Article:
How did you get started in your career and what drew you to the organisations you have worked for?
I actually started volunteering at Back Up back in 2007 and volunteered and worked short term on and off there over the years while I was training and competing with the British Disabled Ski Team. They supported me when I first broke my back in 2004 so have always been close to my heart and it was great to give something back and keep my CV ticking over while I was competing. When I retired from competition there was a role there and although at first, I thought I might try to do something different, it just seemed like the right fit at the right time.
How do you manage your disability at work?
I currently work 4 days a week. My role means that I do have a bit of travelling to do. The office I work in is fully accessible with a disabled toilet. I don’t have any special equipment but there is always an option of having a desk that moves up or down different technical equipment to make life easier. I occasionally get public transport into work but generally drive and there is parking outside. My body does get stiff when I’m at a desk for a while so I make sure I get outside and go for a push or if I really need to have a stretch in a meeting room!
How has your employer helped you to do well at your workplace?
Back Up is a fantastic place to work and there has always been a great atmosphere. Work life balance is important and part of the ethos in the office. There is lots of opportunity for flexi work hours and working from home.
What advice or top tips would you offer?
My advice would be to not see your disability as something that is going to hold you back. If you can’t see past it then your employer or potential employer isn’t going to be able to. You know if you are capable of a job so go for it and quite often having a disability is going to have given you some other great personality traits. Also be open and honest about what your needs might be – there are so many ways that you can get over obstacles, such as working from home and flexi time.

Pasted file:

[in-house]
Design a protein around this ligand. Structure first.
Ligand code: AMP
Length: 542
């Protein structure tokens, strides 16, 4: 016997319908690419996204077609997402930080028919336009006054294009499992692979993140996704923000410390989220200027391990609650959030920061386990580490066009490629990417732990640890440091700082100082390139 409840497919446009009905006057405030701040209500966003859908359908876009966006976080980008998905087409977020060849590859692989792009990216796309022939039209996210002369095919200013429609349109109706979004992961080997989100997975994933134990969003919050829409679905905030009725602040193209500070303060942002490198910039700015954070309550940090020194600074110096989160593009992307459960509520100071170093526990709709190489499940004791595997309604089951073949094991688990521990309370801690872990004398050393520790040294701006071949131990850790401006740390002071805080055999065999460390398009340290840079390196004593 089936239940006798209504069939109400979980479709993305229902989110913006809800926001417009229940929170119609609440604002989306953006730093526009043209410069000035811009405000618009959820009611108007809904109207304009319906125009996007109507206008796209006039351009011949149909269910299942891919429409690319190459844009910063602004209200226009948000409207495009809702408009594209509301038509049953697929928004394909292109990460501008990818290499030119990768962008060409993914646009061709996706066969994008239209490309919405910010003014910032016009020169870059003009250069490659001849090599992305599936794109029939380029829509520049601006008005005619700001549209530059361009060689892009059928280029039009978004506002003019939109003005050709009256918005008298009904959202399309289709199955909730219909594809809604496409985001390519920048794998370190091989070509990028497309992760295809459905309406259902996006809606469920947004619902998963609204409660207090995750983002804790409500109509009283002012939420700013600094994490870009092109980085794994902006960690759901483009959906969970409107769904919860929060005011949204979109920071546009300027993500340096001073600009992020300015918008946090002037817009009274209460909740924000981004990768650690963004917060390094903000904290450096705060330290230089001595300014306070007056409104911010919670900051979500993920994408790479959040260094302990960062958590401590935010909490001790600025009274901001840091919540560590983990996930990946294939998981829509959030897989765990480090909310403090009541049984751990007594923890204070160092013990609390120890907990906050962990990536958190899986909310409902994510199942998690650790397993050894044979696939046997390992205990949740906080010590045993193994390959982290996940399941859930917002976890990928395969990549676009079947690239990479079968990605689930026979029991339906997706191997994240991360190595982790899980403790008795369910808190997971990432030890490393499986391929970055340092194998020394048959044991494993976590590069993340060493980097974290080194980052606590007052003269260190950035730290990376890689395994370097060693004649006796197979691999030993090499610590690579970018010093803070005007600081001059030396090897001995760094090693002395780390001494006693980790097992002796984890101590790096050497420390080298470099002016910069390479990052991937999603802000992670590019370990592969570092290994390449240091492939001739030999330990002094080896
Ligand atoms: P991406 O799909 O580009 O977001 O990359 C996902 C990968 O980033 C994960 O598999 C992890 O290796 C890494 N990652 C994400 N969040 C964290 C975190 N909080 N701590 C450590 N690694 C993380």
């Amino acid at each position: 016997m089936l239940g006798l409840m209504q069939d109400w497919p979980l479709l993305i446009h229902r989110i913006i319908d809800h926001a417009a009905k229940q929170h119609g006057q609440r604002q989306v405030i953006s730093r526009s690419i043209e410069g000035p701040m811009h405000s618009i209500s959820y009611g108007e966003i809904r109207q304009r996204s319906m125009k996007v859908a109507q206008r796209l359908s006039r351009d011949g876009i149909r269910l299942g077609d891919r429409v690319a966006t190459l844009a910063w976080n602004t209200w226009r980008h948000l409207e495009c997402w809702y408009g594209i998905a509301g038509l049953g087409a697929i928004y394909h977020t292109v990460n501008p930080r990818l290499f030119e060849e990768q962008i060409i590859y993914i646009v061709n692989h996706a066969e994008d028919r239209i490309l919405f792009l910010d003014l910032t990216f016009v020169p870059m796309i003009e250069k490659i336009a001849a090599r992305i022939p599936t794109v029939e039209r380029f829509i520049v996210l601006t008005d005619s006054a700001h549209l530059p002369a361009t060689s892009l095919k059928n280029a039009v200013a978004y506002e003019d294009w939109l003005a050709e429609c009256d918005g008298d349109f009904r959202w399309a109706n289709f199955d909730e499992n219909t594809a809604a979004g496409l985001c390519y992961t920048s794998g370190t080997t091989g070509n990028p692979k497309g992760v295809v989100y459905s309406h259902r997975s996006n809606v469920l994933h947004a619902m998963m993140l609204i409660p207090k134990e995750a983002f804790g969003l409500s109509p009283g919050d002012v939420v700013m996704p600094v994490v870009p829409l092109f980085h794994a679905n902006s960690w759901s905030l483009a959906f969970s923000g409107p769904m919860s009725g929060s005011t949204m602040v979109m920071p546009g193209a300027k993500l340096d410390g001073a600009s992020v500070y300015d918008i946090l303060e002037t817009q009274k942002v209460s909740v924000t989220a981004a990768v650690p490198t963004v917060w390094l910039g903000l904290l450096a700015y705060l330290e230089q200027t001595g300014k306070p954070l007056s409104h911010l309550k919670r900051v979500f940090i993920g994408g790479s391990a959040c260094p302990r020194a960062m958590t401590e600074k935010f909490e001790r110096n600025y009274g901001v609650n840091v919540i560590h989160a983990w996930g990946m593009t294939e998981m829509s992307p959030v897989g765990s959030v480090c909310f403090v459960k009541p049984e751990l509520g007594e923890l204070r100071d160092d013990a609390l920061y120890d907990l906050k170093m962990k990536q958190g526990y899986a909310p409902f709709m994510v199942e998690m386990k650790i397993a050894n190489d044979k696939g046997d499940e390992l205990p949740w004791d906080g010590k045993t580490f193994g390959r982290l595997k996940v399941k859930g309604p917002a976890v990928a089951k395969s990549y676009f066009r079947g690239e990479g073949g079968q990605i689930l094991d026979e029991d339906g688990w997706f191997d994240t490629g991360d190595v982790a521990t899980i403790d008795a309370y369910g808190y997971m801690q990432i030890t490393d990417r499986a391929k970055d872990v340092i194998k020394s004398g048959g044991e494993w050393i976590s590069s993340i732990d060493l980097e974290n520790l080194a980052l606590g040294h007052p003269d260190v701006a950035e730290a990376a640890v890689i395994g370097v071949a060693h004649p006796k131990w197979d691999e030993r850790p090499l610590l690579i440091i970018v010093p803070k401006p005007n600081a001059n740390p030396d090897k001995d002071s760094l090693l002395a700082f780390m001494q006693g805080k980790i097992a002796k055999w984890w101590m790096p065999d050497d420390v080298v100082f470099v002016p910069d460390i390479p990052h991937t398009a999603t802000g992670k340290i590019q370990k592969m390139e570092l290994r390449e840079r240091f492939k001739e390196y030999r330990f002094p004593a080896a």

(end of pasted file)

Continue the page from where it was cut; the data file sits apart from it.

How do you manage a work-life balance?
I have lots of interest outside of work. Having been a skier for 8 years working in an office took a bit of getting used to. I make sure that I make the most of the time I have off, be that cycling, water skiing or getting back to the mountains for a bit of skiing (even if it isn’t the 8 months on snow I’m used to!) I also try and do things in the evenings after work. I’m lucky that I’m in a social office so there is always something going on such as watching sport with my team!
What have you done with your annual leave from work in the last year?
I recently set up a charity, Access Adventures, with a couple of friends. We take people with a physical disability on adventure camps, help them see what is achievable and allow them to participate in an extreme sport that they may have thought isn’t possible for them to do. We have only run a few camps but there is a lot of potential and we are learning as we go along. It has meant that a lot of my annual leave has been spent checking out sports venues, and taking ourselves on adventures. A highlight being kitesurfing in Greece, with our first Kite Camp to run in June. I would love to see this as my main job one day but for now, I love being at Back Up and there is lots of potential to progress and for personal improvement. There are also plenty more adventures to be had on more Holidays!
Tim has since left Back Up and is now co-founder at Access Adventures.